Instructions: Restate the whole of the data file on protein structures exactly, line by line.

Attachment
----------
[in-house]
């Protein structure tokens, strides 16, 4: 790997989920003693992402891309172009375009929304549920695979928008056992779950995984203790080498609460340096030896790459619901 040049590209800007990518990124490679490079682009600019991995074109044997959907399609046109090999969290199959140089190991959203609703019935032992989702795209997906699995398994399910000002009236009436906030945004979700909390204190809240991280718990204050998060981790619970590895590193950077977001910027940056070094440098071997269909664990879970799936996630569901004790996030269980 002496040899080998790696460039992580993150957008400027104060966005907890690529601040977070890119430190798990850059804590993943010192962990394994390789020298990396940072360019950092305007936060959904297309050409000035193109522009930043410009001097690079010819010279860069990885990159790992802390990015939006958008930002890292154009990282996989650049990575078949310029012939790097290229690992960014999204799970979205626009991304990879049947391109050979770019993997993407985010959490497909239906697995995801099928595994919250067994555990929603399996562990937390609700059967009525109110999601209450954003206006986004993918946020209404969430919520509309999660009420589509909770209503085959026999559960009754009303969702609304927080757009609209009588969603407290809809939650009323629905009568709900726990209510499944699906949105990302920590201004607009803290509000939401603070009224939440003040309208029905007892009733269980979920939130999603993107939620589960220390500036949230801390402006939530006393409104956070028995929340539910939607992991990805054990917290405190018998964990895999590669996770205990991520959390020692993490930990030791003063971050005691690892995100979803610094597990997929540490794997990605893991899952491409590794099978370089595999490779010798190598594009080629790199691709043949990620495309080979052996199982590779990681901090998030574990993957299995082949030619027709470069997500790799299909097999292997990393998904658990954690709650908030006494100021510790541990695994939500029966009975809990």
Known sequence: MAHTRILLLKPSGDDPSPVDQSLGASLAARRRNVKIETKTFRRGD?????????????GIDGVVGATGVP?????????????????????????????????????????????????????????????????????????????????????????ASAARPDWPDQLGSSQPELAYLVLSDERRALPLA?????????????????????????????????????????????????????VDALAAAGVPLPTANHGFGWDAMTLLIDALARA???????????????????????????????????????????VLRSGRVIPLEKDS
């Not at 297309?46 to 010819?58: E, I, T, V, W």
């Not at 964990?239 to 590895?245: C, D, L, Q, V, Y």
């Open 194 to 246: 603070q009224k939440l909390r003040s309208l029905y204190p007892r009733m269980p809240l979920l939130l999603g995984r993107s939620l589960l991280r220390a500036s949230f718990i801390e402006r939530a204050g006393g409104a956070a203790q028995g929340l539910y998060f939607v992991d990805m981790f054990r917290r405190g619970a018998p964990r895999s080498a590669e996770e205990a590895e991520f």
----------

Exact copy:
[in-house]
């Protein structure tokens, strides 16, 4: 790997989920003693992402891309172009375009929304549920695979928008056992779950995984203790080498609460340096030896790459619901 040049590209800007990518990124490679490079682009600019991995074109044997959907399609046109090999969290199959140089190991959203609703019935032992989702795209997906699995398994399910000002009236009436906030945004979700909390204190809240991280718990204050998060981790619970590895590193950077977001910027940056070094440098071997269909664990879970799936996630569901004790996030269980 002496040899080998790696460039992580993150957008400027104060966005907890690529601040977070890119430190798990850059804590993943010192962990394994390789020298990396940072360019950092305007936060959904297309050409000035193109522009930043410009001097690079010819010279860069990885990159790992802390990015939006958008930002890292154009990282996989650049990575078949310029012939790097290229690992960014999204799970979205626009991304990879049947391109050979770019993997993407985010959490497909239906697995995801099928595994919250067994555990929603399996562990937390609700059967009525109110999601209450954003206006986004993918946020209404969430919520509309999660009420589509909770209503085959026999559960009754009303969702609304927080757009609209009588969603407290809809939650009323629905009568709900726990209510499944699906949105990302920590201004607009803290509000939401603070009224939440003040309208029905007892009733269980979920939130999603993107939620589960220390500036949230801390402006939530006393409104956070028995929340539910939607992991990805054990917290405190018998964990895999590669996770205990991520959390020692993490930990030791003063971050005691690892995100979803610094597990997929540490794997990605893991899952491409590794099978370089595999490779010798190598594009080629790199691709043949990620495309080979052996199982590779990681901090998030574990993957299995082949030619027709470069997500790799299909097999292997990393998904658990954690709650908030006494100021510790541990695994939500029966009975809990």
Known sequence: MAHTRILLLKPSGDDPSPVDQSLGASLAARRRNVKIETKTFRRGD?????????????GIDGVVGATGVP?????????????????????????????????????????????????????????????????????????????????????????ASAARPDWPDQLGSSQPELAYLVLSDERRALPLA?????????????????????????????????????????????????????VDALAAAGVPLPTANHGFGWDAMTLLIDALARA???????????????????????????????????????????VLRSGRVIPLEKDS
């Not at 297309?46 to 010819?58: E, I, T, V, W």
């Not at 964990?239 to 590895?245: C, D, L, Q, V, Y």
């Open 194 to 246: 603070q009224k939440l909390r003040s309208l029905y204190p007892r009733m269980p809240l979920l939130l999603g995984r993107s939620l589960l991280r220390a500036s949230f718990i801390e402006r939530a204050g006393g409104a956070a203790q028995g929340l539910y998060f939607v992991d990805m981790f054990r917290r405190g619970a018998p964990r895999s080498a590669e996770e205990a590895e991520f």